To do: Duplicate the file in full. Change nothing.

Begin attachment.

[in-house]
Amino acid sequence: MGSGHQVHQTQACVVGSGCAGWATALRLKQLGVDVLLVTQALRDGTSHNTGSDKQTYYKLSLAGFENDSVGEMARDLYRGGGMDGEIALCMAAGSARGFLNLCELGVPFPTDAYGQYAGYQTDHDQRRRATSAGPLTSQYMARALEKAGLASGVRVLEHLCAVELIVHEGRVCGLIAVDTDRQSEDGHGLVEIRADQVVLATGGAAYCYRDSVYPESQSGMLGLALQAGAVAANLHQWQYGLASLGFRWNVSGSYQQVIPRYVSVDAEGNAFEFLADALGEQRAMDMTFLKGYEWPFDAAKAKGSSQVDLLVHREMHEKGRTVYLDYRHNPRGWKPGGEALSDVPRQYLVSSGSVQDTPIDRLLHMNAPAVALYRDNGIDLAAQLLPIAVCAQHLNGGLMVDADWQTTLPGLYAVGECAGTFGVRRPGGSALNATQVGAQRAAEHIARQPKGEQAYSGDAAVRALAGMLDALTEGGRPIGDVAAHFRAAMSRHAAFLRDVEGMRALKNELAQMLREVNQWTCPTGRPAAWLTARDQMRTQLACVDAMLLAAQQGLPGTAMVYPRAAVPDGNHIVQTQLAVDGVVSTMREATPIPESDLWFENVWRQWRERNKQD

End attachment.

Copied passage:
[in-house]
Amino acid sequence: MGSGHQVHQTQACVVGSGCAGWATALRLKQLGVDVLLVTQALRDGTSHNTGSDKQTYYKLSLAGFENDSVGEMARDLYRGGGMDGEIALCMAAGSARGFLNLCELGVPFPTDAYGQYAGYQTDHDQRRRATSAGPLTSQYMARALEKAGLASGVRVLEHLCAVELIVHEGRVCGLIAVDTDRQSEDGHGLVEIRADQVVLATGGAAYCYRDSVYPESQSGMLGLALQAGAVAANLHQWQYGLASLGFRWNVSGSYQQVIPRYVSVDAEGNAFEFLADALGEQRAMDMTFLKGYEWPFDAAKAKGSSQVDLLVHREMHEKGRTVYLDYRHNPRGWKPGGEALSDVPRQYLVSSGSVQDTPIDRLLHMNAPAVALYRDNGIDLAAQLLPIAVCAQHLNGGLMVDADWQTTLPGLYAVGECAGTFGVRRPGGSALNATQVGAQRAAEHIARQPKGEQAYSGDAAVRALAGMLDALTEGGRPIGDVAAHFRAAMSRHAAFLRDVEGMRALKNELAQMLREVNQWTCPTGRPAAWLTARDQMRTQLACVDAMLLAAQQGLPGTAMVYPRAAVPDGNHIVQTQLAVDGVVSTMREATPIPESDLWFENVWRQWRERNKQD